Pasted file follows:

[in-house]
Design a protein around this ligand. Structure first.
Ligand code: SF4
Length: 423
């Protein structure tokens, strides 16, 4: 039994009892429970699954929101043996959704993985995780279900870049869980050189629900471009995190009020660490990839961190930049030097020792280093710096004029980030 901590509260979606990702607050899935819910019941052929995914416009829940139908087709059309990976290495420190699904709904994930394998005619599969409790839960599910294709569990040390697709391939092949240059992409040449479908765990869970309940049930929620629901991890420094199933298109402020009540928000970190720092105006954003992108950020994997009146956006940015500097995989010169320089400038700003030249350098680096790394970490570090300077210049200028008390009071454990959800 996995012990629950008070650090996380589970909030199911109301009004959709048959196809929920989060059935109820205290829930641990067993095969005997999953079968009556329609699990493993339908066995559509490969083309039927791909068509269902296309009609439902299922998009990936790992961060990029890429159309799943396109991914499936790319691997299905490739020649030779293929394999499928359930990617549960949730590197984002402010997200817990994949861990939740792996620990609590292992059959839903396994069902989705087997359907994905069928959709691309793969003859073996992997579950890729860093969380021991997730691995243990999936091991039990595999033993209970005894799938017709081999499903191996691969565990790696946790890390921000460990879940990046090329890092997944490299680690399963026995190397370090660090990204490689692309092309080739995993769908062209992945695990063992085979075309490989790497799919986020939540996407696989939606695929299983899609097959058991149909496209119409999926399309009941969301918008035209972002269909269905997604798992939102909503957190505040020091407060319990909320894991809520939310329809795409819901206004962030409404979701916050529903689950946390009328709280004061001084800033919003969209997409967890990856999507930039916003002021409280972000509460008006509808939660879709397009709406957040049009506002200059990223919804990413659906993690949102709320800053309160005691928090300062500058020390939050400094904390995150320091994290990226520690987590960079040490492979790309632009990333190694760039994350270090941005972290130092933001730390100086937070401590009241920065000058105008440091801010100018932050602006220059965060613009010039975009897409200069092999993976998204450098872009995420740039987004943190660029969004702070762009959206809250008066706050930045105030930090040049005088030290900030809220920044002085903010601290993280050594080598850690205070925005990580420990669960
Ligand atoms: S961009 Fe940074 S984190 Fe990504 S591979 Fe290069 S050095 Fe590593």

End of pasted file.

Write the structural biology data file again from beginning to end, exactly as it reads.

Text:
[in-house]
Design a protein around this ligand. Structure first.
Ligand code: SF4
Length: 423
């Protein structure tokens, strides 16, 4: 039994009892429970699954929101043996959704993985995780279900870049869980050189629900471009995190009020660490990839961190930049030097020792280093710096004029980030 901590509260979606990702607050899935819910019941052929995914416009829940139908087709059309990976290495420190699904709904994930394998005619599969409790839960599910294709569990040390697709391939092949240059992409040449479908765990869970309940049930929620629901991890420094199933298109402020009540928000970190720092105006954003992108950020994997009146956006940015500097995989010169320089400038700003030249350098680096790394970490570090300077210049200028008390009071454990959800 996995012990629950008070650090996380589970909030199911109301009004959709048959196809929920989060059935109820205290829930641990067993095969005997999953079968009556329609699990493993339908066995559509490969083309039927791909068509269902296309009609439902299922998009990936790992961060990029890429159309799943396109991914499936790319691997299905490739020649030779293929394999499928359930990617549960949730590197984002402010997200817990994949861990939740792996620990609590292992059959839903396994069902989705087997359907994905069928959709691309793969003859073996992997579950890729860093969380021991997730691995243990999936091991039990595999033993209970005894799938017709081999499903191996691969565990790696946790890390921000460990879940990046090329890092997944490299680690399963026995190397370090660090990204490689692309092309080739995993769908062209992945695990063992085979075309490989790497799919986020939540996407696989939606695929299983899609097959058991149909496209119409999926399309009941969301918008035209972002269909269905997604798992939102909503957190505040020091407060319990909320894991809520939310329809795409819901206004962030409404979701916050529903689950946390009328709280004061001084800033919003969209997409967890990856999507930039916003002021409280972000509460008006509808939660879709397009709406957040049009506002200059990223919804990413659906993690949102709320800053309160005691928090300062500058020390939050400094904390995150320091994290990226520690987590960079040490492979790309632009990333190694760039994350270090941005972290130092933001730390100086937070401590009241920065000058105008440091801010100018932050602006220059965060613009010039975009897409200069092999993976998204450098872009995420740039987004943190660029969004702070762009959206809250008066706050930045105030930090040049005088030290900030809220920044002085903010601290993280050594080598850690205070925005990580420990669960
Ligand atoms: S961009 Fe940074 S984190 Fe990504 S591979 Fe290069 S050095 Fe590593």